Significant advances made in recent years in the treatment of neoplastic disease and the prevention of organ graft rejection have been accompanied by an increase in opportunistic infections.1 Although bacteria still account for most of these infections, the incidence of fungal infections in such patients is rising.1-4 This assault on the immune system by immunosuppressive therapy, including systemic corticosteroids, cytotoxic and antineoplastic drugs, and irradiation with roentgen rays, renders the host susceptible to fungi that normally do not pose a threat to patients with intact immunologic defense mechanisms.1,3 Depletion of the number of neutrophils, defects in neutrophil function, and T-cell defects also predispose the host to fungal infections.3
Although species of Candida and Aspergillus as well as Cryptococcus neoformans and members of the Zygomycetes (Phycomycetes) remain the most common fungal pathogens in the compromised host,2 other more unusual fungal infections are being caused by fungi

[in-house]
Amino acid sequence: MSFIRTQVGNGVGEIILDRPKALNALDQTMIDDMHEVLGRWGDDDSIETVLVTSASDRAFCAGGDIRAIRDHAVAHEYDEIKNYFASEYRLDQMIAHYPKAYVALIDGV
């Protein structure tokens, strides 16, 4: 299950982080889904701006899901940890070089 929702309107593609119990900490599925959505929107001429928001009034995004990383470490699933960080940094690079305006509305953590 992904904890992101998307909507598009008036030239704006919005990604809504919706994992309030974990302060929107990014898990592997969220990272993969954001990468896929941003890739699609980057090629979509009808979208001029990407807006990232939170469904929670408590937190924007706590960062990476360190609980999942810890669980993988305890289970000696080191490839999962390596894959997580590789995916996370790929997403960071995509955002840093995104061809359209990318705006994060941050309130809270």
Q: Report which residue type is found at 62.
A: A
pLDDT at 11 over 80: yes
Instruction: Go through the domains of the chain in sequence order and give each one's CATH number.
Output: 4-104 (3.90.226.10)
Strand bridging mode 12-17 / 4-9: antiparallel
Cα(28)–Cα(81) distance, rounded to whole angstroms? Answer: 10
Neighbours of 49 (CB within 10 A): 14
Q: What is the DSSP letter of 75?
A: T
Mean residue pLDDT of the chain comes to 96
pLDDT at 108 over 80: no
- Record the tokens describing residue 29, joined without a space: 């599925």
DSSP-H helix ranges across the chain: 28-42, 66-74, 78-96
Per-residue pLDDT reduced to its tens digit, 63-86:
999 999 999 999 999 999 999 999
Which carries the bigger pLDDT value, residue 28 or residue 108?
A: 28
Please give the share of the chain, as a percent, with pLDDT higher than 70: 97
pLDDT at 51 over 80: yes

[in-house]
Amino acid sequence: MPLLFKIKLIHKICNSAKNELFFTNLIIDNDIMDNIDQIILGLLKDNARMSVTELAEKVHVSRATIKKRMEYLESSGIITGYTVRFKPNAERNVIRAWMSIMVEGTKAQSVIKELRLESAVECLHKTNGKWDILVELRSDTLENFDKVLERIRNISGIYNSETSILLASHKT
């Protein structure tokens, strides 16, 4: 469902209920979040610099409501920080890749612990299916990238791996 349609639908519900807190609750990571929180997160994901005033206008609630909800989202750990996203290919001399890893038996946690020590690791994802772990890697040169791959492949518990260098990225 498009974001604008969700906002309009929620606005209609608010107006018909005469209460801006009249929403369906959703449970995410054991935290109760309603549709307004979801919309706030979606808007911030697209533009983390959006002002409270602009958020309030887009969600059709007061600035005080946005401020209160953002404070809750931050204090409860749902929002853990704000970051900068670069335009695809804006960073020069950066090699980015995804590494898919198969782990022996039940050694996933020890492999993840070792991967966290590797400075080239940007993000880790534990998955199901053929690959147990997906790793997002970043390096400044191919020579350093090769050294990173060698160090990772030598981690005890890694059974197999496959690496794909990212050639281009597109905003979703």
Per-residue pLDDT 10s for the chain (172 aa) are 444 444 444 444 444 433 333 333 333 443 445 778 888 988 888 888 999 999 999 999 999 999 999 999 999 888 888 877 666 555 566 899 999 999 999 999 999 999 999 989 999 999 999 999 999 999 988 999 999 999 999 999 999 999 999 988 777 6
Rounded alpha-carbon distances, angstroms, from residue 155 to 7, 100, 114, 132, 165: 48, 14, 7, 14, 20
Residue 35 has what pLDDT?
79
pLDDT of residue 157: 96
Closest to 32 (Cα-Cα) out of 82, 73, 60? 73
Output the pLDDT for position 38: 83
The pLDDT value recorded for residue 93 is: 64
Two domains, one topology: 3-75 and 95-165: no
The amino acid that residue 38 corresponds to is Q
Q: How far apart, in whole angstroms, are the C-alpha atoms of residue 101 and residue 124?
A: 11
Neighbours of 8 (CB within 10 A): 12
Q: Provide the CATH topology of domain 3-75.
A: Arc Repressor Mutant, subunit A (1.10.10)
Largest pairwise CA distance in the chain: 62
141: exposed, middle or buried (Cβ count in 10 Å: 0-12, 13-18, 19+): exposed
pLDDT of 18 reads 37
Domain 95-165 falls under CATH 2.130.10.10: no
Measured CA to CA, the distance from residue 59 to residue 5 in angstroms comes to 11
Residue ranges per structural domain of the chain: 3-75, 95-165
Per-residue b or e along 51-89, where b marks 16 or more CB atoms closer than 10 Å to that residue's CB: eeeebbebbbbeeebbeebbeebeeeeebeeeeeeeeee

Weitzman I. Saprophytic Molds as Agents of Cutaneous and Subcutaneous Infection in the Immunocompromised Host. Arch Dermatol. 1986;122(10):1161–1168. doi:10.1001/archderm.1986.01660220079016
* * SCHEDULED MAINTENANCE * *
The JAMA Network Sites will be conducting routine maintenance from 10/20/2017 through 10/21/2017. During this window access to content and authentication may be intermittently available. The JAMA Store will be completely unavailable during the maintenance window.